Inadequate sequencing of SARS-CoV-2 variants prevents the overall response to COVID-19


Transmission electron micrograph of SARS-CoV-2 virus, isolated from a patient. Image captured and enhanced in color at NIAID’s Integrated Research Facility (IRF) in Fort Detrick, Maryland. Credit: NIAID

The lack of sequencing of SARS-CoV-2 variants by the United States and other countries threatens the global response to the COVID-19 pandemic, argues Dana Crawford of Case Western Reserve University in a new perspective published July 15 in the journal PLOS Genetics.

Monitoring is essential to have a quick and successful response , But it has traditionally focused on tracking the number of cases, hospitalizations, and deaths. Advances in genome sequencing now allow us to keep track evolving virus with unprecedented detail. However, despite the availability of sequencing in several countries, the adoption of genomics as a strategy for surveillance of the SARS-CoV-2 virus, which causes COVID-19, has been slow, difficult, and inconsistent. Crawford notes that in early April 2021, the United States ranked 33rd in the world in SARS-CoV-2 sequencing for variant surveillance. She says that historically, the Centers for Disease Control and Prevention (CDC) has not prioritized genomic research for public health, and this bias has created an open gap in our understanding of the real-time evolution of SARS. -CoV-2 and impact on and gravity.

Crawford cites insufficient funding, the lack of an effective sample tracking system, and strict regulations on the distribution of samples and data as causes of inadequate sequencing efforts. However, other countries, such as China and the United Kingdom, have successfully overcome these challenges. Recently, the CDC pledged more than $ 200 million to improve sequencing, but Crawford notes that this late investment means the United States does not have an organized database of patient information for COVID-19 studies. He warns that investments in SARS-CoV-2 genomics should continue and expand, as new variants are likely to emerge due to variability in vaccination rates and adherence to COVID-19 precautions throughout the world. world.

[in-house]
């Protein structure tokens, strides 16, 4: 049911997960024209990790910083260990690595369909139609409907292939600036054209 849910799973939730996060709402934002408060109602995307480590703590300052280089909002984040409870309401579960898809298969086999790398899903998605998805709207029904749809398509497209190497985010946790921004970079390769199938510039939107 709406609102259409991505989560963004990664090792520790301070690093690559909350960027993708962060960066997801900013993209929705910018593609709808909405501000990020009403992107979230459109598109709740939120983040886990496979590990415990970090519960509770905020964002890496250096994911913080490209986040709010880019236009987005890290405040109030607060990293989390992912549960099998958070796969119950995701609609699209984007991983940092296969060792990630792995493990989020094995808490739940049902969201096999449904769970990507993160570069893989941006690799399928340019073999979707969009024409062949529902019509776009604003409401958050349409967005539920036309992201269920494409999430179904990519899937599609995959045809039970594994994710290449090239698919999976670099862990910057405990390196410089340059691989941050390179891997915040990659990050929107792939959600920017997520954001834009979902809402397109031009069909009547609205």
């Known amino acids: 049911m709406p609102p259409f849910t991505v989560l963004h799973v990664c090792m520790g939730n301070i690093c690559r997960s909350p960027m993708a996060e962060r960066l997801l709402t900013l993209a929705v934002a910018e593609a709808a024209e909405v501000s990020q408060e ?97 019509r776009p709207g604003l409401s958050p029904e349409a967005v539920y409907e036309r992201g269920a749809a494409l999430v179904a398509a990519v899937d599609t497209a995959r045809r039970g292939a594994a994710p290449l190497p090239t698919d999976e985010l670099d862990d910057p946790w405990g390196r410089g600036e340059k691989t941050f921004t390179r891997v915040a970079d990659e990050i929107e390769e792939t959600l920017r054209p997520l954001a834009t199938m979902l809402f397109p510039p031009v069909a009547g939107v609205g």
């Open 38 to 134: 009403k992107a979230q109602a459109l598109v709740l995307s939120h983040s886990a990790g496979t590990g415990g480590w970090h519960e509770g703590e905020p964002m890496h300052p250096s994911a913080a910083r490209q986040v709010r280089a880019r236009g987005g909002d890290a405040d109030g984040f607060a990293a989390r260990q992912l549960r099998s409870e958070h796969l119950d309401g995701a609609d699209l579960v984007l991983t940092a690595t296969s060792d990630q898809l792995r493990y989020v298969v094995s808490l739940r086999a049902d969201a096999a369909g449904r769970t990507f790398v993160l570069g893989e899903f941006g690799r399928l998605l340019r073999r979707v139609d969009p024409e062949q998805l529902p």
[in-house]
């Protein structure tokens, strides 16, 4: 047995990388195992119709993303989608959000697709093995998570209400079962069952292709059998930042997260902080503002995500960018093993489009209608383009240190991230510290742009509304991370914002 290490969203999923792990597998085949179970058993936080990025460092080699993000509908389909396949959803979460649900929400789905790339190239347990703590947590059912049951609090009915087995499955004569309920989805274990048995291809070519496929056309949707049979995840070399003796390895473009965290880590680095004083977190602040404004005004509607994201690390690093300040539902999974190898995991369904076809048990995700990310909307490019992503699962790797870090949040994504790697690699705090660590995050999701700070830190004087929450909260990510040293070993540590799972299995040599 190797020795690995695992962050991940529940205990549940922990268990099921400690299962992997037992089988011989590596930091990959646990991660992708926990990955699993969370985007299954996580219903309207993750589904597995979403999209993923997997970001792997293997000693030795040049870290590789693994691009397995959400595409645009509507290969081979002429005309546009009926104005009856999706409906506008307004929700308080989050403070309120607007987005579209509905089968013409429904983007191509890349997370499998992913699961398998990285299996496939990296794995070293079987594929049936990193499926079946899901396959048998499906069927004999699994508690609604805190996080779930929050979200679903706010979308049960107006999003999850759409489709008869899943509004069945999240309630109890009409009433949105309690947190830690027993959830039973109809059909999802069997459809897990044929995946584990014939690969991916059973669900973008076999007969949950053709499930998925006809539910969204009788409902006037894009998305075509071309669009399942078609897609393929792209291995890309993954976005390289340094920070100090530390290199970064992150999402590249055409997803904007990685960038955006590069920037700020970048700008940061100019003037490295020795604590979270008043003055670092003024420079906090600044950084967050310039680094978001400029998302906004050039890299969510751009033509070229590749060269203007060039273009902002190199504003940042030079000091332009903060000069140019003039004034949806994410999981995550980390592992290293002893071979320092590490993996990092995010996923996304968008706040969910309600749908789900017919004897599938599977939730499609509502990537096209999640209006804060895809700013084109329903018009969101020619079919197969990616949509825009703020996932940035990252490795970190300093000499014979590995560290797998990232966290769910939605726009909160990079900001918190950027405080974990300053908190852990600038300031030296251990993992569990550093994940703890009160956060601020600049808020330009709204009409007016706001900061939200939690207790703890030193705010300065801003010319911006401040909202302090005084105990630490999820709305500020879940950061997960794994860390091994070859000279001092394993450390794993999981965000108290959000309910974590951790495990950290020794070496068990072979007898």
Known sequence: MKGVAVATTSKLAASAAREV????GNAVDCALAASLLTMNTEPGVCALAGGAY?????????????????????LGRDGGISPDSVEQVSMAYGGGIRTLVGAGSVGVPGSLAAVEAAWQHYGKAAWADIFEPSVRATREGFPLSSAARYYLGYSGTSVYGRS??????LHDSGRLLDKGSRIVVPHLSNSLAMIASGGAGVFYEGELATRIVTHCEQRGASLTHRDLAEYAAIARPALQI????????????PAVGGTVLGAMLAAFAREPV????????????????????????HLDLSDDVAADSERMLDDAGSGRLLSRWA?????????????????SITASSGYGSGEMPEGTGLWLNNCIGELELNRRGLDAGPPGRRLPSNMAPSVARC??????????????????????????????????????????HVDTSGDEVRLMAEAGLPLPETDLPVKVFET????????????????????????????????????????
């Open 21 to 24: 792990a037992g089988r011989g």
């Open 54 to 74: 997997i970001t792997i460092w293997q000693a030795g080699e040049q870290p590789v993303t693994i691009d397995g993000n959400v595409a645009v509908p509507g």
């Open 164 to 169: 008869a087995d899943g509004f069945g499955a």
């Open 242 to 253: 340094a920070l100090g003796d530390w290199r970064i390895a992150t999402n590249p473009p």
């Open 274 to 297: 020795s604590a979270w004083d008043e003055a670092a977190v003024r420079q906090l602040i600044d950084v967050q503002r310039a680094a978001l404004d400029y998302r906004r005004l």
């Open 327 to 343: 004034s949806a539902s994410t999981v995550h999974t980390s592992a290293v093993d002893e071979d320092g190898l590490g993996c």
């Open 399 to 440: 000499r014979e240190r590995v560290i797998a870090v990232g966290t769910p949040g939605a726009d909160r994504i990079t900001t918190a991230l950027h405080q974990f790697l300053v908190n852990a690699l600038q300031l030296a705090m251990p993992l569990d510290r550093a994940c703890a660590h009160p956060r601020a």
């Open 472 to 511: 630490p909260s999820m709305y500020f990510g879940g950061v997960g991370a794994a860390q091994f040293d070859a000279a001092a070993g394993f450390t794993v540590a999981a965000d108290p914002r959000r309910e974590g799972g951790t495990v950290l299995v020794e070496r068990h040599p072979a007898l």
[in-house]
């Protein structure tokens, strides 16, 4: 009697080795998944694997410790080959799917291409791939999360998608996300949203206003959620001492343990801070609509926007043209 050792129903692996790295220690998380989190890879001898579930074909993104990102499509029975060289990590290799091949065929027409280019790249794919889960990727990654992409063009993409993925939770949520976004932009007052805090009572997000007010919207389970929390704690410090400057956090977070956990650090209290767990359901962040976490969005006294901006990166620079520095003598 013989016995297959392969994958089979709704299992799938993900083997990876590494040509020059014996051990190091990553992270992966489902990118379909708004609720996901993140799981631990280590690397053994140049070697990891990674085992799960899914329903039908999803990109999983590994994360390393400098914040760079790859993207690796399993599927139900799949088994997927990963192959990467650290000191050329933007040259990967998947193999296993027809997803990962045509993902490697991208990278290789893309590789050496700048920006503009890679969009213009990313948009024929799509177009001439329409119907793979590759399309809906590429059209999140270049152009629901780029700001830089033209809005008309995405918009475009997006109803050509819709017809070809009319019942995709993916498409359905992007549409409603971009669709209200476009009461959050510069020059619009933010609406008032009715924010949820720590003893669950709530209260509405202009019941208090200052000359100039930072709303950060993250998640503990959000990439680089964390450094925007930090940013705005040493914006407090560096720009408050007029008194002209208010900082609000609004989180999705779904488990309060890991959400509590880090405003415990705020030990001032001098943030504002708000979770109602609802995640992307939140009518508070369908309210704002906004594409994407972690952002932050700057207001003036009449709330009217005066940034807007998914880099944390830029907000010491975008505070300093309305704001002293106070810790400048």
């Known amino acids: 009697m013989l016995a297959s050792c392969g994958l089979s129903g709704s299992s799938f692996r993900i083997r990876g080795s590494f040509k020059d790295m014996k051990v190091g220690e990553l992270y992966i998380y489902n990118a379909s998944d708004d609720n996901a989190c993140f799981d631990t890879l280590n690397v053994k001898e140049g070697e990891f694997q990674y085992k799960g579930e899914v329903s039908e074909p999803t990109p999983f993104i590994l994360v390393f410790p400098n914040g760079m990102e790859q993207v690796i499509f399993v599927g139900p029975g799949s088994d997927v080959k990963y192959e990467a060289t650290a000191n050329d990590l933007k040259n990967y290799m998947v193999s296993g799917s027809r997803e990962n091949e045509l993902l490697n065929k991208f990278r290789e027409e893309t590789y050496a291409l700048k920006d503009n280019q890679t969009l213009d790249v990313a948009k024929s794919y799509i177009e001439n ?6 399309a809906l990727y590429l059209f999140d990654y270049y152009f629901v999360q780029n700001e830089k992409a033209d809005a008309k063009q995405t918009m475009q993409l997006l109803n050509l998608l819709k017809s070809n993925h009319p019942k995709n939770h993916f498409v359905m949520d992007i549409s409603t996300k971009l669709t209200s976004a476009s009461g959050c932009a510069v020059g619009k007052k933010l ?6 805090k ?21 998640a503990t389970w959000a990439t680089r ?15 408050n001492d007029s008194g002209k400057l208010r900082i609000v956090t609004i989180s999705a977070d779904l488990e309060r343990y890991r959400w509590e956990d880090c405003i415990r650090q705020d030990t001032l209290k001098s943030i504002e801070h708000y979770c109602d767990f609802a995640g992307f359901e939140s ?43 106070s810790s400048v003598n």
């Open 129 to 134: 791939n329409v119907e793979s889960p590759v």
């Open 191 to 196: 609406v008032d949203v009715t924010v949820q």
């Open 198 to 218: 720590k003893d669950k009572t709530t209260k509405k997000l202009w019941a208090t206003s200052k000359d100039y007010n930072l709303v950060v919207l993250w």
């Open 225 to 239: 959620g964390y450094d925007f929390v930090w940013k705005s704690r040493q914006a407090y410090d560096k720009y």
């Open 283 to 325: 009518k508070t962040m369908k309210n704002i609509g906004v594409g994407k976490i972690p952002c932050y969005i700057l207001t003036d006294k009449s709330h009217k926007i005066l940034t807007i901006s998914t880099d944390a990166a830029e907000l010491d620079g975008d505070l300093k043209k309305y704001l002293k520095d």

Since SARS-CoV-2 is a new zoonotic disease without previous human infections, Crawford argues that sequencing and analysis are vital to understanding both the trajectory of the outbreak and its evolution. Provisions are also needed to link genetic data to clinical and epidemiological data sources for public health research. Finally, he concludes that international sequencing efforts are still needed to understand and respond to this constantly evolving virus that has no international borders.

“Control of COVID-19 requires almost real-time genomic and public health data on the host pathogen to monitor how SARS-CoV-2 has evolved and how this evolution affects the transmission and severity of the disease.” , adds Crawford. “Sequencing efforts in the United States and the world have been too few and too disconnected, underscoring the need to engage with human genomics and integrate their technologies into emerging infectious diseases. answers. ”

Genomic wastewater testing can effectively track COVID-19 concern variants

More information:
Crawford DC, Williams SM (2021) Global variation in sequencing impedes SARS-CoV-2 surveillance. PLoS Genet 17 (7): e1009620.

Citation: Inadequate sequencing of SARS-CoV-2 variants prevents the overall response to COVID-19 (2021, July 15) retrieved July 15, 2021 at inadequate-sequencing-sars-cov- variants-impedes.html

This document is subject to copyright. Apart from any fair treatment for private study or research purposes, no part may be reproduced without written permission. Content is provided for informational purposes only.

Source link